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Lannyl81

4th GEN camshaft removal

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Have questions on removing the camshafts; with crank at "T1", both 1 & 3 camshafts gears have the lines level with the head...exactly where they are supposed to be, cylinder #1 is at TDC, but cylinder #3 is not as the intake cam lobe is just beginning to open the valve.

 

So is the 1 & 3 camshafts removed with #3 not at TDC?

 

I have not checked, but I assume that 2 & 4 are going to be the same, with #2 at TDC, but not #4.

 

Just want to be sure I am not missing something before I remove the cams so as to correct valve clearances.

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Are you sure the Intake Valve of #3 is opening? It should be closing, you might be turning the engine in the wrong direction! because in 180deg #3 is at TDC on compression stroke.

Same would be for #2 and #4, as #4 is also 180deg after #2.

 

Firing Order is 1-3-2-4.

Cylinder #1 at TDC + 180deg = #3 at TDC + 270deg = #2 at TDC + 180deg = #4 at TDC + 90deg back to #1 at TDC.

 

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Grum: you are correct, #3 is closing, not opening....forgot that cams turn CCW when I wrote above......duh!.....thank you.

 

Will be removing the rear cams this afternoon.

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Removed one cam at a time, removed the shims that needed to be, measured it, then put everything back, cam holders in place, just not torqued down.  New shims on order.

 

Of the 16 valves, 8 were needing thinner shims to increase the clearance.

 

Is this normal?

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59 minutes ago, Lannyl81 said:

Removed one cam at a time, removed the shims that needed to be, measured it, then put everything back, cam holders in place, just not torqued down.  New shims on order.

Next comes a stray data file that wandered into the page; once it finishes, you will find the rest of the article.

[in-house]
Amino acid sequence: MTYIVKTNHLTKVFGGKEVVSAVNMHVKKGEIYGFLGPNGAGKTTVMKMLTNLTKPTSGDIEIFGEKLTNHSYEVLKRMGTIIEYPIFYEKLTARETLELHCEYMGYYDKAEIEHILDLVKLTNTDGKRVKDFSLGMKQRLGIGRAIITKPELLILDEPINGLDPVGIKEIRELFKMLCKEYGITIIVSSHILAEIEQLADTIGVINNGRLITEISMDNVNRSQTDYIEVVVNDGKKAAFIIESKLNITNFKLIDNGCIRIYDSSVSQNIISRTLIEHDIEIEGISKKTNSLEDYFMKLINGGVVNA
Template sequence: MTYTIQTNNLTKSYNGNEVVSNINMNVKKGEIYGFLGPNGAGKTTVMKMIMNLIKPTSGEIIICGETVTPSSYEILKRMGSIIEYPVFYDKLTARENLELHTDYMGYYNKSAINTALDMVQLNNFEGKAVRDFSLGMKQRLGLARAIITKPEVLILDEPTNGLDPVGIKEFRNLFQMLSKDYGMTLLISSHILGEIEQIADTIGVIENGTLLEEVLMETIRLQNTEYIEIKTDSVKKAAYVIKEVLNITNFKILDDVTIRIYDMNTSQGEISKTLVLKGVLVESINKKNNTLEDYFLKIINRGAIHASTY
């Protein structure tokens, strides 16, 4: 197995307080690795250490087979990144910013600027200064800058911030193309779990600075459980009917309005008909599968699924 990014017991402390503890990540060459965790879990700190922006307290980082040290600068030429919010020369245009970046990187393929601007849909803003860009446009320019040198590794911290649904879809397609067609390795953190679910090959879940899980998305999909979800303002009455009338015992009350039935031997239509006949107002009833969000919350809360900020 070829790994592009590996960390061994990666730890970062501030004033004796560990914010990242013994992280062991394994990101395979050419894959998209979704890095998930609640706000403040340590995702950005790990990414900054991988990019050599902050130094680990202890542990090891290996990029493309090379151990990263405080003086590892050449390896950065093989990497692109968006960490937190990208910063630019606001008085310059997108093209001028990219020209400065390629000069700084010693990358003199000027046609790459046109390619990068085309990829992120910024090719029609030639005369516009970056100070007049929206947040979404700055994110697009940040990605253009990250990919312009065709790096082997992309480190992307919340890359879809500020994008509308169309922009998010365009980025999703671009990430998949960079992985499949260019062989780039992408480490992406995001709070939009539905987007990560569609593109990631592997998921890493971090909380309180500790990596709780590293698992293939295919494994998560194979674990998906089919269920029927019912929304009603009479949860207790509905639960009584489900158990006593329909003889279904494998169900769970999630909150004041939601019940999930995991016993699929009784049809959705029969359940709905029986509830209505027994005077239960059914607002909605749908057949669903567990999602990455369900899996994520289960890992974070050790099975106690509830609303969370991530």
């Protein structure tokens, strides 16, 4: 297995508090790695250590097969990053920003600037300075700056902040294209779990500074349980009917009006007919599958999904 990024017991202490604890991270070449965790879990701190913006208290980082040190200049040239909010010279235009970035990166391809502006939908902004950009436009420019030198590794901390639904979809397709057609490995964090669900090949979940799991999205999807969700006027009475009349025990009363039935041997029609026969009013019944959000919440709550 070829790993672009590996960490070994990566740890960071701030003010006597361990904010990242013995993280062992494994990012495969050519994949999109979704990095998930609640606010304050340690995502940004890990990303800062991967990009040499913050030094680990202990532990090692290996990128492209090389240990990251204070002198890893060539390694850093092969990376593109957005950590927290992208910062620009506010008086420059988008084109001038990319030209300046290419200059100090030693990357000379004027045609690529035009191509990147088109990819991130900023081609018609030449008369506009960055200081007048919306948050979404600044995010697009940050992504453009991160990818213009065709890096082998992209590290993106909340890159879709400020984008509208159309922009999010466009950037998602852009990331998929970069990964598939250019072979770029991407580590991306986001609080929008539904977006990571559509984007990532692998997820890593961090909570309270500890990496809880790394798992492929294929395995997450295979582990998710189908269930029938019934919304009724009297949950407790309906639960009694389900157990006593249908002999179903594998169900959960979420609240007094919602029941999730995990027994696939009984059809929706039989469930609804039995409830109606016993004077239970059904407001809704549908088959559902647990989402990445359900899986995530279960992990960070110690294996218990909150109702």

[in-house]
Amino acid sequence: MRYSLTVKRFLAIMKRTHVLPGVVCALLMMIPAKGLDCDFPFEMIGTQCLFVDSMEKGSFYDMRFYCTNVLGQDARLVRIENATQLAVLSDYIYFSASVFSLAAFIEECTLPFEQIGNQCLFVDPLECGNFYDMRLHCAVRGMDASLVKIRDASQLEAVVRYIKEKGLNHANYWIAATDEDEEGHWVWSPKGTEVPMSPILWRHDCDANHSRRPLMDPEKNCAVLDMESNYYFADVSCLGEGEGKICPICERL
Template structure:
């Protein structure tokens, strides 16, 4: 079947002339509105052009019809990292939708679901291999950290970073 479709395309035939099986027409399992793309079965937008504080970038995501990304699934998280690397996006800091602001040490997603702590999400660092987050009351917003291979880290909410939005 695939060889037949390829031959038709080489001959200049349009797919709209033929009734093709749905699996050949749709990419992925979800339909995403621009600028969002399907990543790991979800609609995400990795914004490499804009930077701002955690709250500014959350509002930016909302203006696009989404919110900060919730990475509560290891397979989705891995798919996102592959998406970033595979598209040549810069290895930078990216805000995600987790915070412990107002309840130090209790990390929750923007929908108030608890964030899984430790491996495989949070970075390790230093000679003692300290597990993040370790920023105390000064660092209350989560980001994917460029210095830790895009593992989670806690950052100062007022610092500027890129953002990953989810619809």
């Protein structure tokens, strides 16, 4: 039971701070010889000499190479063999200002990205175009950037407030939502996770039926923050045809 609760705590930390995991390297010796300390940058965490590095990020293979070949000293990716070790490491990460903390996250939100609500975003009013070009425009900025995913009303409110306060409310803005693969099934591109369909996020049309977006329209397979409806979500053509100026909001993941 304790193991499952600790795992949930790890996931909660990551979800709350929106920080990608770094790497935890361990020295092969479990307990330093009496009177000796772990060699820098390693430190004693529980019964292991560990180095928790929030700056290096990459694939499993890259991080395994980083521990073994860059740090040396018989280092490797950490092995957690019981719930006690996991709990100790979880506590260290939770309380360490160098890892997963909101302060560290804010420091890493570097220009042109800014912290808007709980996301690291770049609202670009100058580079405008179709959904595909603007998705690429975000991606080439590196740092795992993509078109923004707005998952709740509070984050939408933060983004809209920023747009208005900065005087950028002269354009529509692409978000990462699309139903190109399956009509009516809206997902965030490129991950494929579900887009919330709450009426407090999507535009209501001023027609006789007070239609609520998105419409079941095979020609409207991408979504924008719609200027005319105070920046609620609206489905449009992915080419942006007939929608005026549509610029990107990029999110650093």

Of the 16 valves, 8 were needing thinner shims to increase the clearance.

 

Is this normal?

It would be smart to measure the rest for two reasons:

- You might not need new shims

- It is easier next time; no need to remove cams to order new shims

 

When you get the new shims and replace, then I would measure the remaining shims

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I did remove and measure all of the shims; made a spreadsheet of original measurements/shims and then the ones I changed.....ready for the next time.

 

Overall job was not all that bad....never dropped a shim.  I did get the front intake cam off a tooth as I did not allow for the position change when the cam holder is tighten.....but saw it after I had tighten it down....so I got to take it back off, move the cam a tooth and do it again.

Rotated engine many times and watched the cam/valves/pistons through the firing order....all was good.

Got a tube of the HondaBond for the half-circles on the head covers, put everything back together.

Connected my carb synch lines, waited a few days so the HondaBond to set, then applied power to the fuel pump to fill the carb bowls, then hit the START button, engine fired-up pretty quickly.

Over about two days I adjusted the carb synch, got the carbs levels within 2mm...called it good.

Put side fairings on, waited for a warm day to take it out, which was yesterday.....ran good but with a hot start problem....starting new thread.

 

Thanks again for all the help.

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So you got to the finish line without nasty surprises 🙂 

 

On this old Nimbus you don't need a micrometer - hell, you don't even need a feeler gauge: first adjust so no gap, then return screw 1 turn back on exhaust and 1/2 turn back on intake, secure with counter nut - job done 🙂

DSC_3883.thumb.jpg.f8491ef9021887dca1060fcc469e591b.jpg

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8 hours ago, RC36B said:

So you got to the finish line without nasty surprises 🙂 

 

On this old Nimbus you don't need a micrometer - hell, you don't even need a feeler gauge: first adjust so no gap, then return screw 1 turn back on exhaust and 1/2 turn back on intake, secure with counter nut - job done 🙂

 

Love it! actually if one knows the screw pitch for any screw-adjusted tappet, I guess you could work out how many degrees of rotation from zero clearance would get the required clearance. 

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3 hours ago, Terry said:

Love it! actually if one knows the screw pitch for any screw-adjusted tappet, I guess you could work out how many degrees of rotation from zero clearance would get the required clearance. 

You got it - that is exactly the trick used. It's a metric 0.75 pitch screw.  So that gives you 0.75mm for exhaust and 0.375mm in intake - which is about what you need.

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Ahhh....those were the days.....

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